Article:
UPDATE: Former Mayor Jim Milano Dies at 102
The long-time and beloved Melrose mayor was a constant presence at city events and gatherings.
Editor's note: This article was updated on Wednesday at 2:15 p.m.
Former Melrose Mayor James "Jim" Milano, a beloved and respected icon of the city, died on Wednesday morning, weeks after turning 102 years old, according to the mayor's office.
Milano served as mayor from 1972 to 1992. A World War II veteran, Milano also served as a Melrose alderman—as did his father before him—for seven years before running for mayor.
During Milano's tenure as mayor, Melrose saw the construction of the current high school, renovations to City Hall and the revitalization of the downtown business district, including the introduction of the now-familiar Victorian lampposts.
Milano remained active in Melrose after leaving public office as a member of the Melrose Rotary Club and playing organ at St. Mary's Church. He was often seen—and heard from—at city events, including those honoring veterans.
Flags will be flown at half mast throughout the city in memory of Milano, the mayor's office said.
'They called him Gentleman Jim for a reason.'
Former Mayor Dick Lyons, who grew to be close friends with Milano and saw him the day before he passed away, took the reigns of the city from Milano in 1993. However, after winning the mayoral election in November 1992, Lyons said he immediately went to work in Milano's office for the two months before he officially became mayor.
The reason? Milano wanted to make sure that Lyons, who had never held public office before, met with all the right people and became familiar with City Hall operations.
"He—above anything else—loved this city," Lyons said. "Even those of us who remember him being in office, he never made a decision that wasn't what he believed was in the best interest of the city. Period. It’s incontrovertible."
Milano's first political endorsement was for Lyons' mayoral bid, which Lyons called an "honor," but also said that Milano would have done the same to help anyone stepping into the mayor's shoes, regardless of politics.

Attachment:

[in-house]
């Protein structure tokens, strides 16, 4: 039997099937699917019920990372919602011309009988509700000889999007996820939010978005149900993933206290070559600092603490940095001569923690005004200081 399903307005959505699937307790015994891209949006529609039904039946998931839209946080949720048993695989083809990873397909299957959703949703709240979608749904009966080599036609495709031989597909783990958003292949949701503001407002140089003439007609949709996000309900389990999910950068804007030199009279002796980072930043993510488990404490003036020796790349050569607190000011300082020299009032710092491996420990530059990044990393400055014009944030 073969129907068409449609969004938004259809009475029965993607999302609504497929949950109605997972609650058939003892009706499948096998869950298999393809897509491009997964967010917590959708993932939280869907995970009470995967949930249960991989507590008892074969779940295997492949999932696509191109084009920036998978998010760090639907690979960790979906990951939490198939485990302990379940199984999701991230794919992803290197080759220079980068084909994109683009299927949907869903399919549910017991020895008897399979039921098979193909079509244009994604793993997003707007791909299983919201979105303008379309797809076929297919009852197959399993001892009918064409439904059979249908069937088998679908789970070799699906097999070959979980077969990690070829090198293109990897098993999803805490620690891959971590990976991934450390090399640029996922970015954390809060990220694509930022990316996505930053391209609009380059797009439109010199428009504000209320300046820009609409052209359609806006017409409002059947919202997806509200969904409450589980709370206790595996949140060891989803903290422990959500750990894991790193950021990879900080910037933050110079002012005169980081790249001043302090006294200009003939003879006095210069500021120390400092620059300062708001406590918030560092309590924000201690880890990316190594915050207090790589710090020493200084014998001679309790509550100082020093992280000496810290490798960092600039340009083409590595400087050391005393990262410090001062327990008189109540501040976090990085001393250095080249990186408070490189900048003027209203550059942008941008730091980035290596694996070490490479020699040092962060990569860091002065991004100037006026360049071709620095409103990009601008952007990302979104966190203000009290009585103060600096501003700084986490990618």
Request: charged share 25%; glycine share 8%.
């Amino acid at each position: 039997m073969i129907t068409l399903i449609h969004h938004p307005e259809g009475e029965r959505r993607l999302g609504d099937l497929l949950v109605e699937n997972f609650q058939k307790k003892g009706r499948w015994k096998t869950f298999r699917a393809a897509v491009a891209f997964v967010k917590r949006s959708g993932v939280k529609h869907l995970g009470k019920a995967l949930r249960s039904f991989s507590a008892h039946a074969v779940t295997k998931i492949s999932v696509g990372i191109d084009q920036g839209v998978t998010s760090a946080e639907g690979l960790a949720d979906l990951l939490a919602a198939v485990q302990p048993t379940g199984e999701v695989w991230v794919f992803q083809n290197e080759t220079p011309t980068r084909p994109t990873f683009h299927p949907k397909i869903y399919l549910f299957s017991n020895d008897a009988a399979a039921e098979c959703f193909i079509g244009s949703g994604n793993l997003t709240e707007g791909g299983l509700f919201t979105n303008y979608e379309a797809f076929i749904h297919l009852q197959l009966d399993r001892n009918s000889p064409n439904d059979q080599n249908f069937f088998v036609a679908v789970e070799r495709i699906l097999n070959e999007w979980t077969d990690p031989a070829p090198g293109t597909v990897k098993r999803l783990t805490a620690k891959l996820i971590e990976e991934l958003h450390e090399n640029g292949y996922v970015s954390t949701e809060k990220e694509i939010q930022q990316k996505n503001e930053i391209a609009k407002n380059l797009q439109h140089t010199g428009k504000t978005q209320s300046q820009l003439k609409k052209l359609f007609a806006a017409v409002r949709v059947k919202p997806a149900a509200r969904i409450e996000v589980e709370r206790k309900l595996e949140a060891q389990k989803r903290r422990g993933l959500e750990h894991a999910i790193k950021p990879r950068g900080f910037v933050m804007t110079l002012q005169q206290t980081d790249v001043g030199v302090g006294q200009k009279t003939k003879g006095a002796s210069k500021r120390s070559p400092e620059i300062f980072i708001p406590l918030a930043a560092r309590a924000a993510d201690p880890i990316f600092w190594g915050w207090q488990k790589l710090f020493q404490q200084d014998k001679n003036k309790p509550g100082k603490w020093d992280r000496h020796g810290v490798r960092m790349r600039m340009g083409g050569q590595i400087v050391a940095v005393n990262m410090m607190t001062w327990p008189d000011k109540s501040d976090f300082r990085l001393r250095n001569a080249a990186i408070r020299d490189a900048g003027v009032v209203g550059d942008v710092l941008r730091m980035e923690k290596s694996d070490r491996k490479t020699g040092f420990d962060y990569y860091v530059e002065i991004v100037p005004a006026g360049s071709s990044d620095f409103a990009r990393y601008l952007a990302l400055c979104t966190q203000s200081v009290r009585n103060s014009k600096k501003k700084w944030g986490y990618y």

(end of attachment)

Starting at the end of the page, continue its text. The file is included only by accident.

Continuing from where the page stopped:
"They called him 'Gentleman Jim' for a reason," he said. "He was just the personification of an ethical man with integrity. There aren’t enough adjectives ... (Police) Chief (Rick) Smith from Wakefield called me this morning. He said that the mayor had helped him personally and professionally. Just hundreds of people. He was just a remarkable person—he probably did more things in his life than 20 of us could do in our lives collectively together. There’s not enough words and time to tell you about eveyrhting he done."
'An indelible mark on every corner of this community.'
In a statement emailed to Melrose Patch, current Mayor Rob Dolan said that Milano and his family left an "an indelible mark on every corner of this community and each of its citizens" over the course of a century. Dolan added that he is a member of a generation of Melrosians who grew up only knowing Milano as the leader of the city.
"There are tens of thousands like me whose childhood was enriched by his leadership, his warmth and caring, and his commitment to education, our parks, and our quality of life," Dolan said. "We look to him in many ways as a second father. He was there during our triumphs on our playing fields, in the theaters, in the classrooms, and in the parks, and he shared life's tragedies with many of us with a special card, a pat on the back, or by going out of his way to make you feel special.
"There are many things people remember about growing up in Melrose, but no one ever forgets Mayor Milano," Dolan continued. "For that gift, this community can never repay him, and without question, he is in heaven today, after a life well lived."
Check back at this article for further updates and leave your remembrances of Mayor Milano in the comments below.